24 posts categorized "Independent"

November 07, 2010



Groupthink doesn't live here, critical thought does.

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ColeSmithey.comThe fad Cinema movement known as mumblecore takes a few baby steps in writer/director/actress Lena Dunham's melancholic piece of navel-gazing. Empathetic characters are nowhere to be found. This movie is a dog; there's no such thing as a good dog.

Dunham plays 22-year-old Aura. She returns after college to live in her artist mother's palatial TriBeCa apartment where Aura's bitchy — and hotter — younger sister Nadine (Grace Dunham) rules the roost.

Aura plans to move into an apartment with a college girlfriend in the coming weeks, but lacks direction and motivation. At an East Village party Aura meets YouTube phemon/experimental filmmaker Jed (Alex Karovsky). He is allegedly in town for meetings with television networks like HBO.

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Aura, who has a film theory degree, makes experimental films that she too posts on YouTube. Overlooking Jed's snotty personality and lack of money, Aura invites him to stay with her at her mother's place while mom (played by Dunham's real-life mother Laurie Simmons) and sis are away. Despite the obvious opportunity, Aura is unable to tempt Jed into any sexy time. Meanwhile, at her new job as a restaurant hostess, Aura attempts to work her limited womanly wiles on pill-hungry sous chef Keith (David Call).

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Dunham made "Furniture" in her mother's actual apartment. She colors the anti-plot narrative with vague pop culture references to BDSM, Woody Allen, Craigslist, and Rachel Maddow.


There is a bland naturalism at play, albeit a narcissistic one, that comes across in a series of amorphous scenes that go on much longer than they should. Anger, frustration, and confusion are in plentiful supply. The movie is weighed down with too much emotional baggage for any humor to seep through.

Watching "Tiny Furniture" is like showing up for a dinner party but being taken to the dentist instead. It's not a pleasant surprise.


Vomiting all of the time now.

Complete and utter shite.

Not Rated. 98 mins. 


Cozy Cole

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January 04, 2010



"Wonderful World" is a faulty independent drama which adds up to less than the sum of its underdeveloped parts. Matthew Broderick is Ben Singer, a cynical divorced guy who can't even manage to cheer up when he has custody of his quirky daughter Sandra (Jodie Ferland).

Living with a roommate in a small apartment, Ben drives his tiny car to a dreary day job proofing legal briefs. Ben, it turns out, was once a successful singer/songwriter of children's folk songs, with at least one popular album under his belt. When his Senegalese roommate Ibu (Michael K. Williams) slips into a diabetic coma, Ben comes to the rescue and soon strikes up a romance with Ibu's visiting sister Khadi (well played by Sanaa Lathan).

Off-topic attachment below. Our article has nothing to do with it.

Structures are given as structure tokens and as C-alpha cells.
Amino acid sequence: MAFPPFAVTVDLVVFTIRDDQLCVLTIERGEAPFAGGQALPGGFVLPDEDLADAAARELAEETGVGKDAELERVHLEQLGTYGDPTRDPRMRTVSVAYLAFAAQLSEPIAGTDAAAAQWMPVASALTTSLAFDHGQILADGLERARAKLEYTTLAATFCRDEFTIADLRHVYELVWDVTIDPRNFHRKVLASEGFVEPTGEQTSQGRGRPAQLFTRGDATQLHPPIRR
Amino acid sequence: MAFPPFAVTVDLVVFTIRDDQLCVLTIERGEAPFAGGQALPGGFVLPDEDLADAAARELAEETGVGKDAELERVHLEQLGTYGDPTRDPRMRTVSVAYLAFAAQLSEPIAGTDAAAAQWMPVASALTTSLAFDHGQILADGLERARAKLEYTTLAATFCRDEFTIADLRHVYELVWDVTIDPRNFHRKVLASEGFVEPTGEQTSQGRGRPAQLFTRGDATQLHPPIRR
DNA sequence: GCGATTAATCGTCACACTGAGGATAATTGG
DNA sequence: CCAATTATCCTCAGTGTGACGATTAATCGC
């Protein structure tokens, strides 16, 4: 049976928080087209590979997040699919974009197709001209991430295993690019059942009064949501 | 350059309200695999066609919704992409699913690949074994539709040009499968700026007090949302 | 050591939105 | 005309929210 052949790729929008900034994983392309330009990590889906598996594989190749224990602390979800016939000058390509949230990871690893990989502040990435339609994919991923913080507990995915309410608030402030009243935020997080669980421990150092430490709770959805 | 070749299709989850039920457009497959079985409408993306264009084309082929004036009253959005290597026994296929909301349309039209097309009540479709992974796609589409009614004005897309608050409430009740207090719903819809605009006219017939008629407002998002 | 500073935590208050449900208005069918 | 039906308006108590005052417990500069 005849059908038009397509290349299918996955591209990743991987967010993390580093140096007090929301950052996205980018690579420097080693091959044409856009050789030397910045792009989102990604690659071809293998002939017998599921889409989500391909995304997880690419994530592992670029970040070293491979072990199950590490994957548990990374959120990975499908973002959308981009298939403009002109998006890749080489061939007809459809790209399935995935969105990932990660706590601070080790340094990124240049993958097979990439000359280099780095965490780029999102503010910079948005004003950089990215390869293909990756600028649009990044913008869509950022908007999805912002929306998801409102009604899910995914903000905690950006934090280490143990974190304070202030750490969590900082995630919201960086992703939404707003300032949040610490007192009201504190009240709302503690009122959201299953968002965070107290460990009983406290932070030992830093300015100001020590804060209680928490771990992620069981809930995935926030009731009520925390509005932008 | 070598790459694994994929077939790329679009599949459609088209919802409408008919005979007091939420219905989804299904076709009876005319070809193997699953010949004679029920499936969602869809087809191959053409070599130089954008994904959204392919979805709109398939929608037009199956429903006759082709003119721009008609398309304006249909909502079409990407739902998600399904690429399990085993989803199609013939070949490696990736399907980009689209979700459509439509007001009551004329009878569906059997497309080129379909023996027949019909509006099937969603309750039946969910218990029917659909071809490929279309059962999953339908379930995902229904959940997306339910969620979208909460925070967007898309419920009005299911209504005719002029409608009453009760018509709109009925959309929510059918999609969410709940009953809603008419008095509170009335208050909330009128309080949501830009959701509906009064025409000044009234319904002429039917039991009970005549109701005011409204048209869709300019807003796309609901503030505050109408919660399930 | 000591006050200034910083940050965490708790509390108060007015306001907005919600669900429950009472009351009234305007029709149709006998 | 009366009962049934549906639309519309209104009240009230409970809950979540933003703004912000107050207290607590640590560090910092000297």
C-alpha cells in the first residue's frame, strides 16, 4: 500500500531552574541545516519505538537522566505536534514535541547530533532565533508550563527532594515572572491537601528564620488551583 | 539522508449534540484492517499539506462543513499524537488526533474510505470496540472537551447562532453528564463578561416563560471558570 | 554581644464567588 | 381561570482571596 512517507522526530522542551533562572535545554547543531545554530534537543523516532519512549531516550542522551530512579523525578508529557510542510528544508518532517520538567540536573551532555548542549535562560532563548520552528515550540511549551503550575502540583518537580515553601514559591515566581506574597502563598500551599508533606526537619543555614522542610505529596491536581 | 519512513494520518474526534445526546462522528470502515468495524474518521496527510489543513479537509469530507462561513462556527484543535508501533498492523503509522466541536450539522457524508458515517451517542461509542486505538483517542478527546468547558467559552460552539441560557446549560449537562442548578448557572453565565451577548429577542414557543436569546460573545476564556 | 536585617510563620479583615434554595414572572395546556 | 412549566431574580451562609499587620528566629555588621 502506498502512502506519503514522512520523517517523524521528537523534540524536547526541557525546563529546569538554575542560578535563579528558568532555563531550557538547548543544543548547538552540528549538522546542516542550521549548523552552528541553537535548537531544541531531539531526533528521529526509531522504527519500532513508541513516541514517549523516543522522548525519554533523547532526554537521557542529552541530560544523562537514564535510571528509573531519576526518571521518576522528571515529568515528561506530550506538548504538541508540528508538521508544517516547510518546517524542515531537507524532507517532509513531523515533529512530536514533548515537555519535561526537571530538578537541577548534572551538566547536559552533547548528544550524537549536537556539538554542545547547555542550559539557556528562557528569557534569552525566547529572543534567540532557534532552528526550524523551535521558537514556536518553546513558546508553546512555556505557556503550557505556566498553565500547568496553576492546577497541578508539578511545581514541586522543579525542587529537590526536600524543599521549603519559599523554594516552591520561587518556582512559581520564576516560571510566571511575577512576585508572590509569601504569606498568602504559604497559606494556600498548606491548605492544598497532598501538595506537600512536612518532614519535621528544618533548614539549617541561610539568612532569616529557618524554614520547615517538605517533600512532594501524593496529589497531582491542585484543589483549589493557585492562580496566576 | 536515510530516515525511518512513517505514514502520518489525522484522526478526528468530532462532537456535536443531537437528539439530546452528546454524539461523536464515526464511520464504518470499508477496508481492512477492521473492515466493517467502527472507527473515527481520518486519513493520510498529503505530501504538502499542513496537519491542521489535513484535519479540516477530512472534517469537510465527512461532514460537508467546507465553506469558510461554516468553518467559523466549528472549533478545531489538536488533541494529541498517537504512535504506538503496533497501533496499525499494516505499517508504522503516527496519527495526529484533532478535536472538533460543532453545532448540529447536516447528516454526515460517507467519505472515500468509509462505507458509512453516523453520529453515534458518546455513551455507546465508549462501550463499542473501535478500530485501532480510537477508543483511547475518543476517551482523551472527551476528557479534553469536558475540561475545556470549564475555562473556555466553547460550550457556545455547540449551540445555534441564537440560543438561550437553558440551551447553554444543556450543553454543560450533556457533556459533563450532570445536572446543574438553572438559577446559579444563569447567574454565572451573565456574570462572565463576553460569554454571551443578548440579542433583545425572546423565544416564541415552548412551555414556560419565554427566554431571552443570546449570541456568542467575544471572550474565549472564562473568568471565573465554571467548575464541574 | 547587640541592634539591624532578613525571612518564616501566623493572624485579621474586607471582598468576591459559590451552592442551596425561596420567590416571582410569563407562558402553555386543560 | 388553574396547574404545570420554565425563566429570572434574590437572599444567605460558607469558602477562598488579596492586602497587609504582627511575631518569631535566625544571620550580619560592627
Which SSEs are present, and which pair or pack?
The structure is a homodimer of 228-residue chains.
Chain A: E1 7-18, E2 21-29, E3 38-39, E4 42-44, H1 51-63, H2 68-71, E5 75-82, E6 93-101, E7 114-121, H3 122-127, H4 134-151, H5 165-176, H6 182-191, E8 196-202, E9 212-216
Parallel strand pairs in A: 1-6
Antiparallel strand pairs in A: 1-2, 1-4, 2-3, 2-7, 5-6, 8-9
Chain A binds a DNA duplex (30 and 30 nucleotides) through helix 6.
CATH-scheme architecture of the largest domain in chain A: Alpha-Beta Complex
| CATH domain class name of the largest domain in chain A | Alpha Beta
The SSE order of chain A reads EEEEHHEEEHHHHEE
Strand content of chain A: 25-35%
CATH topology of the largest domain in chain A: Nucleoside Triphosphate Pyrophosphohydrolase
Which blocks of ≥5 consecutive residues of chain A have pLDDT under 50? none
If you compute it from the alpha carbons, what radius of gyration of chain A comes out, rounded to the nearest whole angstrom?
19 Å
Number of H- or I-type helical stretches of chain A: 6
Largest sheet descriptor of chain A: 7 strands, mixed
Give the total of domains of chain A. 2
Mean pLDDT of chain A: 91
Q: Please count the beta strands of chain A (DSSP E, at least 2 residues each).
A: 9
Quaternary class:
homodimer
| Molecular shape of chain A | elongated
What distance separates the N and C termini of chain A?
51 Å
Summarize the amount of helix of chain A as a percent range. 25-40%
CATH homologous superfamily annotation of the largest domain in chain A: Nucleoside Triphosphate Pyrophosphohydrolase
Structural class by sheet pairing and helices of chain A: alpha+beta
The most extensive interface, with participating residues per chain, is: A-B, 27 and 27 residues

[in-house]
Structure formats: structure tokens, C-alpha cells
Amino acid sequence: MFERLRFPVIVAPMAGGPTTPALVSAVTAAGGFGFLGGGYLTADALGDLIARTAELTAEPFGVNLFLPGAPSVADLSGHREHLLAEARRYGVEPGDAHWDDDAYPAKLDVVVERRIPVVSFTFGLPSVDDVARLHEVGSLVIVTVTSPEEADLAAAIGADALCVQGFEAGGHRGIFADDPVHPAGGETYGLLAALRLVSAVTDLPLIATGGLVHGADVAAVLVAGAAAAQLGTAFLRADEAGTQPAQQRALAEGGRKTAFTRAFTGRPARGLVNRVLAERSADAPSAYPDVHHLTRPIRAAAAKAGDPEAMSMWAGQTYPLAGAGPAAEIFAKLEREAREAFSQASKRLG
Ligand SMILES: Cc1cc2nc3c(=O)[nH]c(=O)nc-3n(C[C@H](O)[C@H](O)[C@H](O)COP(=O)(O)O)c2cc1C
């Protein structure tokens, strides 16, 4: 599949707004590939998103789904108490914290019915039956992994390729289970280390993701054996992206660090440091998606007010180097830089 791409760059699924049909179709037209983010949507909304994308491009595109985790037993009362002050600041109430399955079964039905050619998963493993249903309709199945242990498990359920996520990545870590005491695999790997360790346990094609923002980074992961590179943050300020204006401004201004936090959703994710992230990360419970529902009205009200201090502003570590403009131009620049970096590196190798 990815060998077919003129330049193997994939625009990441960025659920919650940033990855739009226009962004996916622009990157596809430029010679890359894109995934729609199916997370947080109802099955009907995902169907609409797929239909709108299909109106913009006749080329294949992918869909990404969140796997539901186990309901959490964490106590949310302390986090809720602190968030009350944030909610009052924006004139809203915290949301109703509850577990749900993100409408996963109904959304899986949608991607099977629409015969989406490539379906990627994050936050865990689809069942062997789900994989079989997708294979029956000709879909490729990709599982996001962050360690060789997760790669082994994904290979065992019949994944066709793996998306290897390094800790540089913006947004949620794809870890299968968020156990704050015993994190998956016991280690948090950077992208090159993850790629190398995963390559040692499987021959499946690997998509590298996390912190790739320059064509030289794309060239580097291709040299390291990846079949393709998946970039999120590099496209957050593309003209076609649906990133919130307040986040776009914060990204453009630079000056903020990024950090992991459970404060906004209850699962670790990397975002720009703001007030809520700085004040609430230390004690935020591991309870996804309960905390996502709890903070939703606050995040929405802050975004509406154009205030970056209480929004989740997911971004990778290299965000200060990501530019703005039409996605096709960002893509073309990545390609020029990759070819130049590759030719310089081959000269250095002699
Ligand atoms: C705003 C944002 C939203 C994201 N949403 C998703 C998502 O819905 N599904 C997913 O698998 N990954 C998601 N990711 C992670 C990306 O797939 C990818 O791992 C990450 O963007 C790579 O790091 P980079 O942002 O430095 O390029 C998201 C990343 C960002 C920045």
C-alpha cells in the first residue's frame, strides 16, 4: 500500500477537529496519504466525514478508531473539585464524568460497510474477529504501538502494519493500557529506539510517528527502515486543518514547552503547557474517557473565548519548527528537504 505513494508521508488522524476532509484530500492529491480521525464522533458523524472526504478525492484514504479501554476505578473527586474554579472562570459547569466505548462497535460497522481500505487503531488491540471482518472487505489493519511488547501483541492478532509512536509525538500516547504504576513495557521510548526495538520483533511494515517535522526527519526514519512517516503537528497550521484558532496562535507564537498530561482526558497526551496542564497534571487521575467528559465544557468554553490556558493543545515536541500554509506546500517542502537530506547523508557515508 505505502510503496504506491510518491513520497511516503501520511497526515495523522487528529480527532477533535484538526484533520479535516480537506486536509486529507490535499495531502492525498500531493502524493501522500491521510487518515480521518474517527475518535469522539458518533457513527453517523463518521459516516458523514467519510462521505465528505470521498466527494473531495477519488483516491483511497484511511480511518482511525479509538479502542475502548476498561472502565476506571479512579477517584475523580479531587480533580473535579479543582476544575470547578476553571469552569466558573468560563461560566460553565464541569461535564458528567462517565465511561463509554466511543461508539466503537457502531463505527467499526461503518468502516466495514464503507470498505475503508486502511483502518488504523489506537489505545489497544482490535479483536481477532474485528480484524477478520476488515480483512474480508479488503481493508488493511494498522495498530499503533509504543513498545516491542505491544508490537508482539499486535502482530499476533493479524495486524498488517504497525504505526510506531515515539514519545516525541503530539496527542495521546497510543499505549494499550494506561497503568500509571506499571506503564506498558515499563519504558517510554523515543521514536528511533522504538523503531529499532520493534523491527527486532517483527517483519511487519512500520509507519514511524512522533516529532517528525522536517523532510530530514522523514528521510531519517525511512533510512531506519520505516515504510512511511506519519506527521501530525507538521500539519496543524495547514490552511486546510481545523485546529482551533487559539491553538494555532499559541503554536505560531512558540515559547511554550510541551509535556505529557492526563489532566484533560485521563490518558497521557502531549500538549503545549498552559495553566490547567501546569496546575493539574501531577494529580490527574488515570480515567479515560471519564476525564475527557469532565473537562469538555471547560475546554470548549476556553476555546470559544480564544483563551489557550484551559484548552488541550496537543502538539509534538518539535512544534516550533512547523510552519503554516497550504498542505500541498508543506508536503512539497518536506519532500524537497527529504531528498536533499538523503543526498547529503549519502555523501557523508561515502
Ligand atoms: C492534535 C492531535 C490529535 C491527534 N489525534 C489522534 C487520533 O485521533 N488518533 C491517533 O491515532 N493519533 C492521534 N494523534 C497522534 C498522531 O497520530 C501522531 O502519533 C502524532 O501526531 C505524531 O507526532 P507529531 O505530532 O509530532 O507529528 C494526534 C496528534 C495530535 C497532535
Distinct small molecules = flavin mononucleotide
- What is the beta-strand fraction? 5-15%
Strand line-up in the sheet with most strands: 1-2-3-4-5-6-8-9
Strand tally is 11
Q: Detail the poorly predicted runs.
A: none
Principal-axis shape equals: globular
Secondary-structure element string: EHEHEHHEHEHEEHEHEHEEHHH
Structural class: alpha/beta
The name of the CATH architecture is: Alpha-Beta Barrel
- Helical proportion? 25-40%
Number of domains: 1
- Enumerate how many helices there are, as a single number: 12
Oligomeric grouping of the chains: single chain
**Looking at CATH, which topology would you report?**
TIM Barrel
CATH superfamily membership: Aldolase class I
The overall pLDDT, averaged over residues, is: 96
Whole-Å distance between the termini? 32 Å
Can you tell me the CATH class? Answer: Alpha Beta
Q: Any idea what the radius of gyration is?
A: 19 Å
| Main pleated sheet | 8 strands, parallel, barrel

Writer Joshua Goldin makes an inauspicious directorial debut with a malnourished script that never resonates because the author is seemingly afraid to express any ideas beyond its don't-worry-be-happy theme. Ben's vague sense of defeated idealism sparks to life briefly under the threat of hot romantic attraction, but the story refuses to catch fire.  

Rated R. 92 mins. (C-) (Two Stars)

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March 29, 2009


Colesmithey.comCo-Writer/director Ramin Bahrani ("Chop Shop") could learn some lessons from the late John Cassavetes who eschewed having his characters speak each other's names because it's not how people talk in real life.

In Winston-Salem, North Carolina, Senegalese cab driver Solo (Souleymane Sy Savane) is an effusively optimistic family man training to become an airline attendant when he picks up a cantankerous and depressed 70-year-old passenger named William (Red West). William contracts Solo for a thousand dollars to drive him one-way up to the mountainous Blowing Rock National Park in two weeks. William's suicidal plan is obvious, and the two-week timeline gives Solo plenty of time to befriend the old codger with an idea of changing the old man's mind before the fateful day arrives. William and Solo's step-daughter Alex (Diana Franco Galindo) speak his name with such a repetitive frequency that the all suspension of disbelief is smothered.

Colesmithey.comFilm critic A.O. Scott famously misnamed "Goodbye Solo" as a "Neo-neo-realist" film. Rather, the film represents a barely competent script made gripping by an inspired director and two equally talented actors. Ramin Bahrani is a promising filmmaker who needs to work much harder at crafting dialogue and complete stories, and not believe the false praise being bestowed on him by the A.O. Scotts of the world.     

(Roadside Attractions) Not Rated. 91 mins. 

2 Stars

Groupthink doesn't live here, critical thought does.

This website is dedicated to Agnès Varda and to Luis Buñuel.

Get cool rewards when you click on the button to pledge your support through Patreon.

Cole Smithey on Patreon

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